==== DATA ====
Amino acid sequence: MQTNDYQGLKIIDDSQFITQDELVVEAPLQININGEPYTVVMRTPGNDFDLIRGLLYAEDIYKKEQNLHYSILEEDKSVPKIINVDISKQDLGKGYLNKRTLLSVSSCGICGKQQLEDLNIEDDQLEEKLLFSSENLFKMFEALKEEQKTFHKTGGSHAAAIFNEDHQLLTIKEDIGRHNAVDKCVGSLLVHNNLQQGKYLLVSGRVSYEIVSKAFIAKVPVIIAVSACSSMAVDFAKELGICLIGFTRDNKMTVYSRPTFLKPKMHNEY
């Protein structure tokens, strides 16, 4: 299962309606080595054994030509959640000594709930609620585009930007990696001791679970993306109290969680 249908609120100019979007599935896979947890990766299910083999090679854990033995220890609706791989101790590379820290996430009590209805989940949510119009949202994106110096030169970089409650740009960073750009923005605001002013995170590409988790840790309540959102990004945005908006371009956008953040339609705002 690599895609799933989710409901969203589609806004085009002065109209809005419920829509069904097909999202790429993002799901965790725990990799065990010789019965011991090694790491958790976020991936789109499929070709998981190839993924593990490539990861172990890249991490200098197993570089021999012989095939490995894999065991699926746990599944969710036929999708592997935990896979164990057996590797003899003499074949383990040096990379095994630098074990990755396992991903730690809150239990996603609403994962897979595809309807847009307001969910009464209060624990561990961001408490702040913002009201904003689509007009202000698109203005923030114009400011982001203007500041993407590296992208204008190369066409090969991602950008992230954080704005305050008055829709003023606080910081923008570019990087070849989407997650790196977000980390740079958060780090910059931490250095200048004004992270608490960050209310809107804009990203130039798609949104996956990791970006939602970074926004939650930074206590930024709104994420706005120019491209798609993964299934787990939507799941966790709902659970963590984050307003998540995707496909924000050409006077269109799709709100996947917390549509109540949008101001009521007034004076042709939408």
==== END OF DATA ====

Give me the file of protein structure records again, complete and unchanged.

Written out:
Amino acid sequence: MQTNDYQGLKIIDDSQFITQDELVVEAPLQININGEPYTVVMRTPGNDFDLIRGLLYAEDIYKKEQNLHYSILEEDKSVPKIINVDISKQDLGKGYLNKRTLLSVSSCGICGKQQLEDLNIEDDQLEEKLLFSSENLFKMFEALKEEQKTFHKTGGSHAAAIFNEDHQLLTIKEDIGRHNAVDKCVGSLLVHNNLQQGKYLLVSGRVSYEIVSKAFIAKVPVIIAVSACSSMAVDFAKELGICLIGFTRDNKMTVYSRPTFLKPKMHNEY
């Protein structure tokens, strides 16, 4: 299962309606080595054994030509959640000594709930609620585009930007990696001791679970993306109290969680 249908609120100019979007599935896979947890990766299910083999090679854990033995220890609706791989101790590379820290996430009590209805989940949510119009949202994106110096030169970089409650740009960073750009923005605001002013995170590409988790840790309540959102990004945005908006371009956008953040339609705002 690599895609799933989710409901969203589609806004085009002065109209809005419920829509069904097909999202790429993002799901965790725990990799065990010789019965011991090694790491958790976020991936789109499929070709998981190839993924593990490539990861172990890249991490200098197993570089021999012989095939490995894999065991699926746990599944969710036929999708592997935990896979164990057996590797003899003499074949383990040096990379095994630098074990990755396992991903730690809150239990996603609403994962897979595809309807847009307001969910009464209060624990561990961001408490702040913002009201904003689509007009202000698109203005923030114009400011982001203007500041993407590296992208204008190369066409090969991602950008992230954080704005305050008055829709003023606080910081923008570019990087070849989407997650790196977000980390740079958060780090910059931490250095200048004004992270608490960050209310809107804009990203130039798609949104996956990791970006939602970074926004939650930074206590930024709104994420706005120019491209798609993964299934787990939507799941966790709902659970963590984050307003998540995707496909924000050409006077269109799709709100996947917390549509109540949008101001009521007034004076042709939408």